The position of straw 632 in FIG. 14 is shown prior to and after container 610 is filled with fluid and sealed by cap 630. Tapered wall 626 defines an enlarged diameter annular section which forms shoulder 650 which is equal to or slightly smaller than the diameter of straw 632. This size of shoulder 650 allows straw 632 to be inserted within chamber 620 and positioned such that it does not interfere with the filling of container 610. Lower tubular section 634 rests against a contoured corner 652 of container 610 with upper pleated section 640 providing the preload to keep straw 632 in position. Contoured corner 652 is designed to mate with an retain lower tubular section 634 in position. If necessary dimples 454 and 456 in FIG. 12 can be added as holding means.

Prior to filling, straw 632, in a generally straight condition, is inserted into chamber 620 through neck region 628 until the end of lower tubular section 634 contacts contoured corner 652. Initially, upper pleated section 640 is angled such that the end of lower tubular section 634 contacts bottom wall 622 and is deflected towards contoured corner 652. When the end of lower tubular section 634 contacts corner 652, straw 632 bends or flexes at upper pleated section 640 and the upper end of upper tubular section 642 is snapped or wedged against shoulder 650 to retain straw 632 within chamber 620.

Once container 610 has been filled and cap 630 is secured to upper cylindrical wall 626, neck region 628 can be squeezed or manipulated by suitable means to release the upper end of upper tubular section 642 from shoulder 650 to position straw 632 similar to that shown in FIG. 1 for straw 32. If container 610 is manufactured from a rigid material such as glass, manipulation of the entire container 610 will be needed to release straw 632.

When cap 630 is removed, straw 632 will rise through neck region 628 due to the buoyancy of float 644, the spring action of upper pleated section 640 or both. This movement of straw 632 through neck region 628 positions straw 632 similar to that shown in FIG. 4 for straw 32.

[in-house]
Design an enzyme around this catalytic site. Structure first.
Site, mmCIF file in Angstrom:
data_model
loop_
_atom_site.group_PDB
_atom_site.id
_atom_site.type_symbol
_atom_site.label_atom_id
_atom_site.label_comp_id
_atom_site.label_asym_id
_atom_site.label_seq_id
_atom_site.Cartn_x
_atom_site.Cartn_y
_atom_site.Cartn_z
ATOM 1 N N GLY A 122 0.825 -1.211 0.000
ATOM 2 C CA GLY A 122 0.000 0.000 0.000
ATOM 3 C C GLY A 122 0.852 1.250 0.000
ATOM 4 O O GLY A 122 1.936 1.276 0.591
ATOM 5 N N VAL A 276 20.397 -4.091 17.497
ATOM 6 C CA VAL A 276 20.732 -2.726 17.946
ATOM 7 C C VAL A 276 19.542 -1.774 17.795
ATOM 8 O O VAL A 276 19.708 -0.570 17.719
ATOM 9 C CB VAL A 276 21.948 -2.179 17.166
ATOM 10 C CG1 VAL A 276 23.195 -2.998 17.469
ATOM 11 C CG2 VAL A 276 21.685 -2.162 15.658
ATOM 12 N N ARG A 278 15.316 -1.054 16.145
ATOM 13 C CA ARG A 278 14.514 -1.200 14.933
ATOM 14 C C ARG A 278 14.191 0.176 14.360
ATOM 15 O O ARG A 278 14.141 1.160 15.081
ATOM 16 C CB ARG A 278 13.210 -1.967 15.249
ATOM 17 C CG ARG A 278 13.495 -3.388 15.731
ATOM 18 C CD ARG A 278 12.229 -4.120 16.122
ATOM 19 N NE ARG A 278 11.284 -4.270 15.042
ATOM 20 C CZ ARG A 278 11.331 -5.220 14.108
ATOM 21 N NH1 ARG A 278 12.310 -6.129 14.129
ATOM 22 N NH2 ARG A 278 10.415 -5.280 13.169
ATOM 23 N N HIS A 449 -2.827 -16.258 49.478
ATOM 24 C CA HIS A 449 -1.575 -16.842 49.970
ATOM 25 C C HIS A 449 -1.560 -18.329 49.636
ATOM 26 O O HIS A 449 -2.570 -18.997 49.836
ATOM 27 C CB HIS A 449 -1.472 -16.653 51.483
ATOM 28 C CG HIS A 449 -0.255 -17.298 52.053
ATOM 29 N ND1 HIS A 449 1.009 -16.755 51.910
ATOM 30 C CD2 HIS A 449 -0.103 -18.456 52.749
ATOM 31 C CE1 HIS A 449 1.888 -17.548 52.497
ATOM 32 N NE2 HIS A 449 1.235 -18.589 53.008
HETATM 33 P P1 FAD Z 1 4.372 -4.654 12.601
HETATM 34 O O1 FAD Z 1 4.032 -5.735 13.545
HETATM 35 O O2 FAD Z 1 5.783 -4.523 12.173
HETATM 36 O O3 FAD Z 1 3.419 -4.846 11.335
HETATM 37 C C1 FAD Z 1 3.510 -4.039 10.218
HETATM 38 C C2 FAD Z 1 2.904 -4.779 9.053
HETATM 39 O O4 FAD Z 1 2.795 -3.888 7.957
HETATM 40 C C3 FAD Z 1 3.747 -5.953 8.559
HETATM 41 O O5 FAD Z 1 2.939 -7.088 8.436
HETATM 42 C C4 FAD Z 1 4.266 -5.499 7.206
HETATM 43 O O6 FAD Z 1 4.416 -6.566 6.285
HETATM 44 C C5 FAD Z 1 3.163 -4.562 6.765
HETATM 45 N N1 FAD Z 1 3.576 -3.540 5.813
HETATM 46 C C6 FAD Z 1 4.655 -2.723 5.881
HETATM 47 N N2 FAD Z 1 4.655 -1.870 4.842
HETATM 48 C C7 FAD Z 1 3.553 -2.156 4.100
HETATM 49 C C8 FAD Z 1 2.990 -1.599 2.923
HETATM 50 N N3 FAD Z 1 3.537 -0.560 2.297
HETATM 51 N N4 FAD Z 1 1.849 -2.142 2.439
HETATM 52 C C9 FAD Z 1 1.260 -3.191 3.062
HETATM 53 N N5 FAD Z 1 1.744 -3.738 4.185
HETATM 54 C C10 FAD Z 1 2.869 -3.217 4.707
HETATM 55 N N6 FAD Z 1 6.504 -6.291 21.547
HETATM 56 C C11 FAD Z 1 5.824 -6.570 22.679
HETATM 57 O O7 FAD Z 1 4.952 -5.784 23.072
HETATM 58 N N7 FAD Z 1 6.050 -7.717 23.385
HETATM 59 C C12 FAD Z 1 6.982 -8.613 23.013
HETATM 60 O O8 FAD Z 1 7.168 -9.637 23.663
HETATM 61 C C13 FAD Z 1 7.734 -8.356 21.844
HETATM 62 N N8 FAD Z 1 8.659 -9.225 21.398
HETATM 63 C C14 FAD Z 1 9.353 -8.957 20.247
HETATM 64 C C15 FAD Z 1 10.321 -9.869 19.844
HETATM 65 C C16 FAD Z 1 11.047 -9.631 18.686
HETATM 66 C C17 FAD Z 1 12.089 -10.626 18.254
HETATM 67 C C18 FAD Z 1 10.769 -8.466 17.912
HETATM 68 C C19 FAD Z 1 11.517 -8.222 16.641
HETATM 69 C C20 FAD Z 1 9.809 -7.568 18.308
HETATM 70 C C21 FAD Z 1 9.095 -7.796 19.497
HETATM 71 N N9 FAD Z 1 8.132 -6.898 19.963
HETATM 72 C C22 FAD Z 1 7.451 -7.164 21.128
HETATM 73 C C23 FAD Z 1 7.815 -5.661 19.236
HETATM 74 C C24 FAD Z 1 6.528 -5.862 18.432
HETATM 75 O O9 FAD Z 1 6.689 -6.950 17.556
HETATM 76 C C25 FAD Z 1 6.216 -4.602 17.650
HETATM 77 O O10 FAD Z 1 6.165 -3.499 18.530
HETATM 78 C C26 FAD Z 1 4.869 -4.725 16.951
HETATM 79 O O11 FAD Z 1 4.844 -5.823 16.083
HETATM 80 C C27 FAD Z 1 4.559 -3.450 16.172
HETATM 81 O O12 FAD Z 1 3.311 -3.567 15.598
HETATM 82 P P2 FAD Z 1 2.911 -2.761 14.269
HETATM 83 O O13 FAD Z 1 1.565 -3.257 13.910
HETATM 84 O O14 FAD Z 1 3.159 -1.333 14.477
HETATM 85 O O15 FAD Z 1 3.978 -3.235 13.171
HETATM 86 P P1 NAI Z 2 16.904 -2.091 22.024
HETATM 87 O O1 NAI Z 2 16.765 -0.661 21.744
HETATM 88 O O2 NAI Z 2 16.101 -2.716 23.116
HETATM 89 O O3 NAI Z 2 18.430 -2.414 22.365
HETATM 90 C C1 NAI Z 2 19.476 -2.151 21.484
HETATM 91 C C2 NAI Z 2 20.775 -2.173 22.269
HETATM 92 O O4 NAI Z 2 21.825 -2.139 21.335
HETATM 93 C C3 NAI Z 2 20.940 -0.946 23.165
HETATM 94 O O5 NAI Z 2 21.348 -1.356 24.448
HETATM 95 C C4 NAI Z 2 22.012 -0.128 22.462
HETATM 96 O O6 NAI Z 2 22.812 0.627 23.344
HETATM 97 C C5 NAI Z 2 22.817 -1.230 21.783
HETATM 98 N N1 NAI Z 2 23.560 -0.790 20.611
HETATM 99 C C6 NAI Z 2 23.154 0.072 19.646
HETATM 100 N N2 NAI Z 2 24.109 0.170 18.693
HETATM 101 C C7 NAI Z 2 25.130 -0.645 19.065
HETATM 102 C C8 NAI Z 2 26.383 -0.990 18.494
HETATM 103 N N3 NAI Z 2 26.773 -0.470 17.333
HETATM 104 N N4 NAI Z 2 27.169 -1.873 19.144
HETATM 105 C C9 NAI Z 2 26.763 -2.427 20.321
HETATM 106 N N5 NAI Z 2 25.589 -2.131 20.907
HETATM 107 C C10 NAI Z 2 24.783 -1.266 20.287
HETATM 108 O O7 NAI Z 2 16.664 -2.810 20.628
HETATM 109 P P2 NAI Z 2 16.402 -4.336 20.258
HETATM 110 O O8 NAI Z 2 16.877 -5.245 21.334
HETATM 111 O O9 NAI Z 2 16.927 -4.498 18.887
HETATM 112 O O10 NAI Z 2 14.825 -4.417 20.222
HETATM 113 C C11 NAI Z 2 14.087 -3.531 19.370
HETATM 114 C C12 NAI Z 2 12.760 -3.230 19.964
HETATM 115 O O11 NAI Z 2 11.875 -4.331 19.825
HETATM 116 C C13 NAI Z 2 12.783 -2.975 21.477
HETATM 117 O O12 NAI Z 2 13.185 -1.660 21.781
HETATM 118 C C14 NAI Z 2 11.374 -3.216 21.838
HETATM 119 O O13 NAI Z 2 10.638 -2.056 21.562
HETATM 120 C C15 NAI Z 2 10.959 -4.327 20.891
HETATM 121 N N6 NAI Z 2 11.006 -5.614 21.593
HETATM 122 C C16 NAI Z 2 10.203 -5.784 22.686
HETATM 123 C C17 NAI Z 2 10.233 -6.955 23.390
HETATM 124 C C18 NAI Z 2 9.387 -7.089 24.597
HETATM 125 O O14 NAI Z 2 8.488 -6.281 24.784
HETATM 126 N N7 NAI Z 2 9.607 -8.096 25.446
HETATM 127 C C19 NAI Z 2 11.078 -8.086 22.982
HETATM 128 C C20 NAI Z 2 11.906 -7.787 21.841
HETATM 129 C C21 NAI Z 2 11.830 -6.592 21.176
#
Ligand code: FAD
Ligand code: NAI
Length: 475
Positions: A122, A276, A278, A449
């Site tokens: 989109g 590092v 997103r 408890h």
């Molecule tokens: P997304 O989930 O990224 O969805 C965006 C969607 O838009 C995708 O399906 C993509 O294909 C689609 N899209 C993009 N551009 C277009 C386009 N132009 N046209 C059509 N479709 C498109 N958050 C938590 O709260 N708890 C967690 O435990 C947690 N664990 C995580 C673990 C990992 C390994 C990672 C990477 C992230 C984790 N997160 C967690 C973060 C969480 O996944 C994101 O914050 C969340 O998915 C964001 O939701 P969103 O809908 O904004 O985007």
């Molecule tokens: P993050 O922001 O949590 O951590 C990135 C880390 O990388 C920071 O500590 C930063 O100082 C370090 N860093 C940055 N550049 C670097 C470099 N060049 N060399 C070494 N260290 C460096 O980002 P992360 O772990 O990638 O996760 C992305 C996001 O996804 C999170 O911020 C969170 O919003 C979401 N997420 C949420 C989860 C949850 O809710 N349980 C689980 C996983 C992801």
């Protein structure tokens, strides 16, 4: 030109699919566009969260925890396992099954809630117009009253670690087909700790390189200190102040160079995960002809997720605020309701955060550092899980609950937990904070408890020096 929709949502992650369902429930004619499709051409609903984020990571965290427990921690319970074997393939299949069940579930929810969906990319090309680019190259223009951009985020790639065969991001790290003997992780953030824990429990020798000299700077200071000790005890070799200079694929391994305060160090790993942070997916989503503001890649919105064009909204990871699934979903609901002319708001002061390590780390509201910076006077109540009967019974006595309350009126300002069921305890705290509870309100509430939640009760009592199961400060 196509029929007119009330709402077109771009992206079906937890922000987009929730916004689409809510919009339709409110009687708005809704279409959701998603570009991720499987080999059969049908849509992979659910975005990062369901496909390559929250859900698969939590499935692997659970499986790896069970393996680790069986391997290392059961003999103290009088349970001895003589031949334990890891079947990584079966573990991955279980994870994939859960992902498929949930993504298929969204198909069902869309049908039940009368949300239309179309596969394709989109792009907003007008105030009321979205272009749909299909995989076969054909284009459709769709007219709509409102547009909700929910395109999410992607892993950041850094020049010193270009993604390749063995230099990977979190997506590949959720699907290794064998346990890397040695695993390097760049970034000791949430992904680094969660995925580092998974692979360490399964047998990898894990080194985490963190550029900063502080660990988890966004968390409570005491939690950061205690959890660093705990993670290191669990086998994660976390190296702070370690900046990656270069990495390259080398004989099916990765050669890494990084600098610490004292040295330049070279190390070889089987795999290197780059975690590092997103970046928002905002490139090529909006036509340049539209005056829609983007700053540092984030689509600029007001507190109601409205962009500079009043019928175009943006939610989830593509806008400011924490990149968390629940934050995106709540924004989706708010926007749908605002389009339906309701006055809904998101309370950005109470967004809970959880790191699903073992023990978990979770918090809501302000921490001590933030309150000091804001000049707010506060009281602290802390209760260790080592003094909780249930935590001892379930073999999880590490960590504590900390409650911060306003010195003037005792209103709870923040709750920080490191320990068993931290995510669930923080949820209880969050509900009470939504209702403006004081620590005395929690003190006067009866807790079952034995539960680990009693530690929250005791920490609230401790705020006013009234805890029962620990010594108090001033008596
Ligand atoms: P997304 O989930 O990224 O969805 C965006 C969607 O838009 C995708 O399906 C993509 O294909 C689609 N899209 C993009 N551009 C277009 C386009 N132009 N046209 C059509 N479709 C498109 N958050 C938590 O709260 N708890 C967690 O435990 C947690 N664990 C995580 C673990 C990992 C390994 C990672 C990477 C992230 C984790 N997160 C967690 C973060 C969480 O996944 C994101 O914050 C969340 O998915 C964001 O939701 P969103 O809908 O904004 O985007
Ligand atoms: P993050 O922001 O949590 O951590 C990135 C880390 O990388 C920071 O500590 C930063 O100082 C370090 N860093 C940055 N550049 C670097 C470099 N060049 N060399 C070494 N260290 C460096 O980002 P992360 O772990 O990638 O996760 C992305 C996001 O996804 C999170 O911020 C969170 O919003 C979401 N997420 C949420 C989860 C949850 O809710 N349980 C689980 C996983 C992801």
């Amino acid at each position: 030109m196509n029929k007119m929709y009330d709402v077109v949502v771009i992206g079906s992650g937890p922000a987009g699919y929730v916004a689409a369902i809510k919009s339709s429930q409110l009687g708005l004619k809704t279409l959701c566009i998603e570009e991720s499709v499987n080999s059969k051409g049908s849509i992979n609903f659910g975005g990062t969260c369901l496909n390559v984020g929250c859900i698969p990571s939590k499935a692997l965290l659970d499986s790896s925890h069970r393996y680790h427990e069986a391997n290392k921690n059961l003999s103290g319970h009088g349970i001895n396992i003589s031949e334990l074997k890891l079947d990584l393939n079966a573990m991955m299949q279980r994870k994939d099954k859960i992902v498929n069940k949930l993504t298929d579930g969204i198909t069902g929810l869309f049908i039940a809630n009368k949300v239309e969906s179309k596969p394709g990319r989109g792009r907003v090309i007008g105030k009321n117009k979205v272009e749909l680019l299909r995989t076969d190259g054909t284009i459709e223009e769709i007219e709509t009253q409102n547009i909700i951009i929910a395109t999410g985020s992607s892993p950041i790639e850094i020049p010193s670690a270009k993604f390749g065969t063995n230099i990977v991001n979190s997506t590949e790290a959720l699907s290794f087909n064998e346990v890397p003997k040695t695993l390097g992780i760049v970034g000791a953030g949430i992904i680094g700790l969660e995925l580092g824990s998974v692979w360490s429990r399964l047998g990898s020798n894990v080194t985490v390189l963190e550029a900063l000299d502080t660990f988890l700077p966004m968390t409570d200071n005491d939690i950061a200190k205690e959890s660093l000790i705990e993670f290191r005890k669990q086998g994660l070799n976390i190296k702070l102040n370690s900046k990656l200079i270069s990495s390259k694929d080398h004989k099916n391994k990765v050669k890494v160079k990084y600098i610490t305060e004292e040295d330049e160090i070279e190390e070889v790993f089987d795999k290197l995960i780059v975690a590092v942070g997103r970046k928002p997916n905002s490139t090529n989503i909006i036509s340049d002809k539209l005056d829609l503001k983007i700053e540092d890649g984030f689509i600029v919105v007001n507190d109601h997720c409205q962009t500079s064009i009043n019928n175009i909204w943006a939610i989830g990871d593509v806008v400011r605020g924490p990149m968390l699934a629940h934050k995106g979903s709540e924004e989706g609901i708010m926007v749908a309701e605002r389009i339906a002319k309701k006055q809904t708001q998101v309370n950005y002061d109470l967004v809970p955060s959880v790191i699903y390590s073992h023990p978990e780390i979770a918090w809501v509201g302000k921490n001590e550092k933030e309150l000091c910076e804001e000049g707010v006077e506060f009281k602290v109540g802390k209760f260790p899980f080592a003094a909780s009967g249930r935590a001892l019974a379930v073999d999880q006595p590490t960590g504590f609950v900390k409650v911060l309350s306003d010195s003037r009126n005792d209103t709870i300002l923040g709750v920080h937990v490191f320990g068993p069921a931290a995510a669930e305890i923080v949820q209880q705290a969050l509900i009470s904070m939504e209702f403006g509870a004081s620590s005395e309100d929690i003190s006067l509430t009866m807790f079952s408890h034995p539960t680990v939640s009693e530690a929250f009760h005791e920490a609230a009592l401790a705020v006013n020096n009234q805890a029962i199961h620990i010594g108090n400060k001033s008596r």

Referring now to FIG. 15, a beverage container incorporating an internal straw in accordance with another embodiment of the present invention is illustrated and designated generally by the reference numeral 710. Beverage container 710 is a generally cylindrical container having a cylindrical wall 712 which defines a chamber 720. Container 710 can be manufactured from the various plastics mentioned above, it can be manufactured from glass, or it can be manufactured from other materials known in the art. While beverage container 710 is shown as a generally cylindrical container, it is to be understood that the present invention can be incorporated into either container shapes including but not limited to oval, rectangular or square.

Cylindrical wall 712 includes a lower cylindrical wall 714 which is closed by a bottom wall 722, an upper tapered wall 726 and a reduced diameter neck region 728. Container 710 is filled through neck region 728 and the fluid is subsequently dispensed through neck region 728. Neck region 728 is shown being closed and sealed by a threaded 730 but it is to be understood that neck region 728 can be closed and sealed by other means known in the art including but not limited to a snap closure or an induction bonded foil seal closure.